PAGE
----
Sextus:  And just where do you think you’re going?

Gaul:  To the Praetorium…obviously.

Sextus:  HEY –

Sextus smacks the Gaul on the behind with the broad side of his sword.

Sextus:  Don’t get mouthy with me!

Gaius:  Yeah – you have to show us respect!  It is the law!

The Gaul gives them a pointed look.

Gaius:  Kneel, you Gallic trash!

Gaul:  Pfff…

Gaius and Sextus exchange a look with each other and Gaius whispers in Sextus’ ear.

Gauis:  This is exactly what I was talking about.

Sextus walks towards the Gaul and stands over him menacingly.

Sextus:  Look here, if you don’t kneel now you will be shunned from any and all decent society!  You will be mocked and people will turn their back on you in the street!

At this point our Gaul just shrugs and walks on through the gates.

The world would never be the same.

Cultured Insolence

“Wit is Cultured Insolence” – Aristotle

So last night while watching “The Walking Dead” there was a moment when our heroes drive by a frantic and lone hiker on the highway without picking him up.  It is heart-wrenching as the hiker runs after them screaming in stark desperation and eventually falls on his face as they silently drive on unwilling to stop and help.  Even now, just thinking about this scene makes me want to start crying.  Now, of course, I realize that this is a fictional television show about a zombie apocalypse (yes, even writing that out makes me roll my eyes at myself) but I’m telling you – it was a compelling moment, a moment that made my core of humanity shiver at the possibility of ever being so completely turned off.  Even in such a wildly fictional world it was painful to watch a cold and cruel moment.

MB, however, smirked.

“Oh my god,” I shriek.  “That is so depressing, what is wrong with you?  How can you find that funny?!

He’s laughing a bit when he turns to me, “mais non, I don’t think it’s funny, it is horrible.  I mean, it’s crazy!”

“Then why are you laughing?”

“Because it is not funny otherwise.”

“huh?”

He shrugs; this makes perfect sense to a Frenchman.

The French have a little bit of a “mean girl” sense of humor.  It is something I noticed when I first started dating MB and he showed me some classic French films.  I watched in horror while he and his friend (also French) held their stomachs laughing during “Dîner de Cons”, a film about a group of people who have a dinner party in which they are each required to bring a moron for the rest of them to make fun of.  I sat there in shock, confused as to how anyone could find such a cruel premise funny; and even though our leading “mean boy” finally receives his comeuppance I couldn’t reconcile the meanness of the jokes with the slap on the wrist at the end.  It is a type of humor that just doesn’t work for this happy-ending-loving American; where were my birds and squirrels sewing ball gowns, where were my “Bad News Bears?”  Probably being kicked in the head by “La Chevre” (another “make fun of well-meaning morons” French film) before being sent to 18th Century Versailles pour le “Ridicule” (this French film leaves out the moron for the more heavy hitting insults).

And it isn’t just in the films that this humor exists but in day to day life as well.  This week in my French class our teacher reviewed the vocabulary for qualities and faults.  In order to work on class participation, she opened a group discussion in which we all listed a few qualities about ourselves.  After I listed my qualities she turned to the class and said, “okay, now, what do you think that her faults are?  Who would like to take a guess at some of her faults?”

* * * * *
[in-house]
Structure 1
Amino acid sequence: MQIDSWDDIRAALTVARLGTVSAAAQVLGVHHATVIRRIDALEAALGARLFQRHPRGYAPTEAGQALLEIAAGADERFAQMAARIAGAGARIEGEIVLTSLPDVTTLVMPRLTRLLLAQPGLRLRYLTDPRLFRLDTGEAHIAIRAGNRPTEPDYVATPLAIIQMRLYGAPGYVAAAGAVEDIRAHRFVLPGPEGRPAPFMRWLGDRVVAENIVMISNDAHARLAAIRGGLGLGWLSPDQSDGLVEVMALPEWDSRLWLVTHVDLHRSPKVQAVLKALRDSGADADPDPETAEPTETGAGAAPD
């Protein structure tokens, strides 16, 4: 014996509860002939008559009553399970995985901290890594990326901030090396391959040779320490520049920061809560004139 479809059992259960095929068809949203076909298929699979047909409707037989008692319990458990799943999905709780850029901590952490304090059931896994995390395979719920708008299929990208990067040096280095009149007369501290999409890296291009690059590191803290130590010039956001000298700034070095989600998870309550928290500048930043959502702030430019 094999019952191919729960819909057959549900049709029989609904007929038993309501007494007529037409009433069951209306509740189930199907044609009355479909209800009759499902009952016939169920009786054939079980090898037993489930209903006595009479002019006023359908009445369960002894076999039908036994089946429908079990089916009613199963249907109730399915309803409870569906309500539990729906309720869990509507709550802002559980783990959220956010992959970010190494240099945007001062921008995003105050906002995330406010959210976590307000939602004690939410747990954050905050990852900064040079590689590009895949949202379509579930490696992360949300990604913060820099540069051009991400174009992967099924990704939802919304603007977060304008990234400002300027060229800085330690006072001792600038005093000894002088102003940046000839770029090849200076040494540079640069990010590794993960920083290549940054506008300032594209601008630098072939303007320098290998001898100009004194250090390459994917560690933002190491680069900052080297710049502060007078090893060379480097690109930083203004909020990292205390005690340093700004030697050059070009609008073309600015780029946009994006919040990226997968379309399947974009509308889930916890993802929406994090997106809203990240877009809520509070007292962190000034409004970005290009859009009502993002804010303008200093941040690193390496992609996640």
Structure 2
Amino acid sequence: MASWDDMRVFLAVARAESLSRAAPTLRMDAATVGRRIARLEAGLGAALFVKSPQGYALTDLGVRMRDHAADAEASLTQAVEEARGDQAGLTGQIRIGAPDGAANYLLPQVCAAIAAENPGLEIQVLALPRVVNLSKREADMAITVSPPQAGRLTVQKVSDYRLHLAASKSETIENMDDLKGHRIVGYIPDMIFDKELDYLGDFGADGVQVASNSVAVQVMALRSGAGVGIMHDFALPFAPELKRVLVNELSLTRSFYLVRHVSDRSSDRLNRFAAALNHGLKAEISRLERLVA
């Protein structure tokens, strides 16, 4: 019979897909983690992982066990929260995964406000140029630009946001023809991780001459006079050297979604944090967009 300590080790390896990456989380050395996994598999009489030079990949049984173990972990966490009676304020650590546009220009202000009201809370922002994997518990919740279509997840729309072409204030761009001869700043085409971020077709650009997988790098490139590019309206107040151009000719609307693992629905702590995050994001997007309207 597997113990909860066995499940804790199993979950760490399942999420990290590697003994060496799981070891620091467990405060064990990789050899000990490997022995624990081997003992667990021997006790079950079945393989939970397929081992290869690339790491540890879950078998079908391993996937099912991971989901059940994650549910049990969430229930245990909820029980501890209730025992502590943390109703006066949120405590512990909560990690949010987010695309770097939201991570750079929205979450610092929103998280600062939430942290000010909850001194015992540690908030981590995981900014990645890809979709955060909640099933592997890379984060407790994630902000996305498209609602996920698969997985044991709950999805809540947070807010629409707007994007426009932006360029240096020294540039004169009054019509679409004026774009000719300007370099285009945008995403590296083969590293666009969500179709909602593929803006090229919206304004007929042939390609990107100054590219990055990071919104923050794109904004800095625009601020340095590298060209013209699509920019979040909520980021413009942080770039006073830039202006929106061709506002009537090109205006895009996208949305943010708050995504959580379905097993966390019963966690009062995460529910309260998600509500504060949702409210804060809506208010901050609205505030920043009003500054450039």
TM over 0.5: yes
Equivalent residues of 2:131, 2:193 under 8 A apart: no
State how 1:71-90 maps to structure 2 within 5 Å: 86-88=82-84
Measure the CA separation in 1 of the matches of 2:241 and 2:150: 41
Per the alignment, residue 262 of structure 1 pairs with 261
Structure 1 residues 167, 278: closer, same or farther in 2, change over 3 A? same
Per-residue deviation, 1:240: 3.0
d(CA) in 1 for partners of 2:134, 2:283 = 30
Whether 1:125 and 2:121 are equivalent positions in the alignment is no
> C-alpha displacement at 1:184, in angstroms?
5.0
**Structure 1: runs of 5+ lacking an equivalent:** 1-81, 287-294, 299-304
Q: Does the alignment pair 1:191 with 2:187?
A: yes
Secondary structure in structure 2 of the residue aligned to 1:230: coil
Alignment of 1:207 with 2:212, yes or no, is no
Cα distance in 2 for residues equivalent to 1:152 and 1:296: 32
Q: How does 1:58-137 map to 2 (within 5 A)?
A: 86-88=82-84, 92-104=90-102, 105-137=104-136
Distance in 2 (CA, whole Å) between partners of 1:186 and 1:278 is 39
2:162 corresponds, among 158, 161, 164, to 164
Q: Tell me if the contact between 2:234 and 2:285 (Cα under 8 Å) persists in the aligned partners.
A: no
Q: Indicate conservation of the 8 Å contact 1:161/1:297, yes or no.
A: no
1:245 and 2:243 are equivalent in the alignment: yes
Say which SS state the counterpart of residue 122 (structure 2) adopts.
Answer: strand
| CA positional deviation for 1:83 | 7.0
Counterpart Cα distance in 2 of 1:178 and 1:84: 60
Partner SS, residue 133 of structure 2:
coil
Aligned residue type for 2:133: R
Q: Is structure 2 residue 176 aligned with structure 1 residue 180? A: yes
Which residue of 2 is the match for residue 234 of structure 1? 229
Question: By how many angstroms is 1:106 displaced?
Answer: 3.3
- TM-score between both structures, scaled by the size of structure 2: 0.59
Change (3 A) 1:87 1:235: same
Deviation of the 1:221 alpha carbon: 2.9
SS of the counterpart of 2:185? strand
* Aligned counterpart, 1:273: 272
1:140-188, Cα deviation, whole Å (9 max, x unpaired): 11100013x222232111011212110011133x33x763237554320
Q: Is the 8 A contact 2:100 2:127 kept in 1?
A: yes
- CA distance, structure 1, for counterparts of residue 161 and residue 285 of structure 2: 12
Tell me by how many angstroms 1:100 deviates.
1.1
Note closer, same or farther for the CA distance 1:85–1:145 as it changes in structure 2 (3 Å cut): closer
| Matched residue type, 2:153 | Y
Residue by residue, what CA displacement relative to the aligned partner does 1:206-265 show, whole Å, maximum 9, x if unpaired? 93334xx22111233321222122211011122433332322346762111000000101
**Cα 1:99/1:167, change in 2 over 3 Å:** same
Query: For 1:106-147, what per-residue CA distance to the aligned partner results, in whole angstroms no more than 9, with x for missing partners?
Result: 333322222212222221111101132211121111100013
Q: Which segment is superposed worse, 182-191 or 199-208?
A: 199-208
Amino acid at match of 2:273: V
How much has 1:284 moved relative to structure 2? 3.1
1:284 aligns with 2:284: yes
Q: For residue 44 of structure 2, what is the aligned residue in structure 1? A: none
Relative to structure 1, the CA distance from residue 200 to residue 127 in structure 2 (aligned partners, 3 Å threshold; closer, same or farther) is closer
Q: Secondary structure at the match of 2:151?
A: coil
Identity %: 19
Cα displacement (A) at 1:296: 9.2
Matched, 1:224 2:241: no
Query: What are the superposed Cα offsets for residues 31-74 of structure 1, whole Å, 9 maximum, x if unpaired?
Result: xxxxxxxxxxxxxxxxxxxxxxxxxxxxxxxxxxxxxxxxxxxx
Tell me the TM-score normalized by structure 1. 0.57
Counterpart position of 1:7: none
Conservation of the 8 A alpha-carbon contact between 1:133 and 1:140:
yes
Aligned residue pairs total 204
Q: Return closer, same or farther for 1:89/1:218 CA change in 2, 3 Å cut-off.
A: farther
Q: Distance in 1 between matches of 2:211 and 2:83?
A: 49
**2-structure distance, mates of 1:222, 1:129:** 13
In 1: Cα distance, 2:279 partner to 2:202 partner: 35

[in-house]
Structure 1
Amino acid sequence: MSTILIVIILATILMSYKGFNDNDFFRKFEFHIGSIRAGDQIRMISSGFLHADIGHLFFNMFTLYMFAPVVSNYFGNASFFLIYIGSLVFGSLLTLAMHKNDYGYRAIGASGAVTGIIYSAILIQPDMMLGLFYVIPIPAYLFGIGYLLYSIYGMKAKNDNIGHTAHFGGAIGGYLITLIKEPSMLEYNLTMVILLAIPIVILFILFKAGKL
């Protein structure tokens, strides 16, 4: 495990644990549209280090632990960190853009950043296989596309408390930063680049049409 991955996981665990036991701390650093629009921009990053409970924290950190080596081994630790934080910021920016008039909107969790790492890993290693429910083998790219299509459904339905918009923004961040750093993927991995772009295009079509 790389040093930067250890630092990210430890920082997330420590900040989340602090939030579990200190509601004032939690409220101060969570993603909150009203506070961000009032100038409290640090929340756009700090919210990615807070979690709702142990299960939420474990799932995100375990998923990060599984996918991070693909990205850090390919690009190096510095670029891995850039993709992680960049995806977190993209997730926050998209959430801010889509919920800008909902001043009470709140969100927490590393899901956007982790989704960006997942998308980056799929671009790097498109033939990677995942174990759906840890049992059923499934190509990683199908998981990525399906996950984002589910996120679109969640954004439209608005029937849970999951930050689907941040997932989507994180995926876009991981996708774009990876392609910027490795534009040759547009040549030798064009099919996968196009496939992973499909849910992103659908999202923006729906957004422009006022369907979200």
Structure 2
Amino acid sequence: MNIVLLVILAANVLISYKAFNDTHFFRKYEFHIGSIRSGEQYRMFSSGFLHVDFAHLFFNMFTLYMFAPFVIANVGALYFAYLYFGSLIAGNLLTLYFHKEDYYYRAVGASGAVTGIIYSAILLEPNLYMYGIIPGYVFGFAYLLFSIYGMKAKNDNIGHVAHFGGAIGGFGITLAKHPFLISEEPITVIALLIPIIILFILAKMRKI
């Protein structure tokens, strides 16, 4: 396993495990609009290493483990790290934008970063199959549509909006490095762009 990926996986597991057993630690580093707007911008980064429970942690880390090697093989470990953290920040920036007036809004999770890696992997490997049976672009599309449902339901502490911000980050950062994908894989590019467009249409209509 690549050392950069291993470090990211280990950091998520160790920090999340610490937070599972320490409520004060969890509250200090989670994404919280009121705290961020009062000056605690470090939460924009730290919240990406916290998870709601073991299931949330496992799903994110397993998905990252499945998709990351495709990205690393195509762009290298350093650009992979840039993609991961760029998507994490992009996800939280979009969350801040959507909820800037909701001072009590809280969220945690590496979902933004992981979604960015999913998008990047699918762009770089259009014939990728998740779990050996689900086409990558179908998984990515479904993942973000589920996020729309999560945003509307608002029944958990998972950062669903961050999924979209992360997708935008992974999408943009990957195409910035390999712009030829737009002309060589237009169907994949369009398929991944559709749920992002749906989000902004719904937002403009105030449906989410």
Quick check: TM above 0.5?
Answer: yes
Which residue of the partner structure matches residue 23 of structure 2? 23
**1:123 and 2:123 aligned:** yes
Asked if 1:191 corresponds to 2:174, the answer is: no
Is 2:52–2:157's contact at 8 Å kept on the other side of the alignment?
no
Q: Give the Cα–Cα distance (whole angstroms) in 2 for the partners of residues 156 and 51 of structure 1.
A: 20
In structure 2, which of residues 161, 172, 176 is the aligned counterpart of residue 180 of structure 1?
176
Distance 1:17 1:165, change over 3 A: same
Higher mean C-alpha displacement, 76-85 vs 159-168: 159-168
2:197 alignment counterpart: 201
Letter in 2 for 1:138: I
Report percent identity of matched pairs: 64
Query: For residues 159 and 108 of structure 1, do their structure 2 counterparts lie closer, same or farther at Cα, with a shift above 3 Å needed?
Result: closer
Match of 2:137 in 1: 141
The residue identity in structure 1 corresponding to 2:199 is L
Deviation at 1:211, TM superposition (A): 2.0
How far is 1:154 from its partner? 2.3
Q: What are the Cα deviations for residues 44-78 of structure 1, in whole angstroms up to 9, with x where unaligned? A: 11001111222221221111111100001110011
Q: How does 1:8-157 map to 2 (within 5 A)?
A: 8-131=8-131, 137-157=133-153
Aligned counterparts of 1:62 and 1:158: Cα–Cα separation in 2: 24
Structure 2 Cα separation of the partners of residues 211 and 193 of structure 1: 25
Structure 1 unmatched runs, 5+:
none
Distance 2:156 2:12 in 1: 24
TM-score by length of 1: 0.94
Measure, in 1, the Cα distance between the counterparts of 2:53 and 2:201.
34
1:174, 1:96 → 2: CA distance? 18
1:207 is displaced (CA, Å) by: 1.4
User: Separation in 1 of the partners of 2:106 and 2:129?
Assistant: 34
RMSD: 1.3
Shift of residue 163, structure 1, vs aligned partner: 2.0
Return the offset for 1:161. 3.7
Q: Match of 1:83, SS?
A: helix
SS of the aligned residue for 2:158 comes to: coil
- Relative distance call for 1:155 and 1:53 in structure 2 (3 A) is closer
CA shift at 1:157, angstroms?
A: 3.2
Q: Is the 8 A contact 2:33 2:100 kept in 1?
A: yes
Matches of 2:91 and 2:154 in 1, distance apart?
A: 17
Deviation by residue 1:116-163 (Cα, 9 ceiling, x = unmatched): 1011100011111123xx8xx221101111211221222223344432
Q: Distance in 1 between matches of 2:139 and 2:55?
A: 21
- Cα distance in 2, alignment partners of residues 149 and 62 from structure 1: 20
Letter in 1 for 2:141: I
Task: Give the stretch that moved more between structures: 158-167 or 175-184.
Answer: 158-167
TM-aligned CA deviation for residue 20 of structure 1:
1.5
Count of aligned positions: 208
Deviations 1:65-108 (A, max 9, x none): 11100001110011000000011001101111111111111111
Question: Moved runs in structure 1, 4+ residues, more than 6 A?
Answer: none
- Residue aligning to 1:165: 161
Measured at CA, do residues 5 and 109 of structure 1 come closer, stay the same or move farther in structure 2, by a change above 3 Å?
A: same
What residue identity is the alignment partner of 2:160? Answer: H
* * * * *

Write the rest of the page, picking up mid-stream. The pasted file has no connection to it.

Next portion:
(Crickets)

I looked at the other foreign students in the class who all sat silently, looking at each other questioningly as if to say, “oh my god, do we actually say something?!”  I started laughing.  It was so absurd; none of us are from a culture where we could conceive of listing out a stranger’s supposed faults publicly and to their face (that last bit is put in for those of us who have no problem listing faults behind someone’s back…what?  I wrote “us?”  Well, I don’t mean me, obviously!).  The teacher shrugged and continued the lesson without forcing us to affront our new classmates…but I suspect she would have liked us all a lot more if we had made a go of it. 

This is not to say that the French are mean; they aren’t…but they do enjoy a well-played witticism (read: not-too-mean-insult).  Now that being said, they may dish it out but they can take it as well.  I have often sat bemused at dinner parties watching the hardcore “ribbing” that goes on at the table; they all think it is hilarious and are just as quick to laugh at themselves as at someone else.  It is like a formal fencing match – you don’t throw a fit when you opponent makes a hit but instead you respect and congratulate them.  It is a delight in wickedness rather than mean-spiritedness.

Here is a perfect example from the film “Ridicule” – I like to call this “aggressive word play”.

So prepare your thick skin before entering the French sphere and make sure that you have a sense of humor about yourself, for as they say in the film “Ridicule”, “wit opens any door” and you wouldn’t want to end up in a French zombie apocalypse with nothing clever to say.

Anxiety on the Death Star

The airport these days can be a scary and intense place…almost anxiety-attack-inducing.

Is all metal off my body?  There is an underwire in my bra…I really hope they don’t try to take my bra, I mean, that’s just going to be uncomfortable.  Would I have to go back to my gate and check-in my bra?  Can an underwire be used as a weapon?  I doubt it but then they have also confiscated my nail scissors before…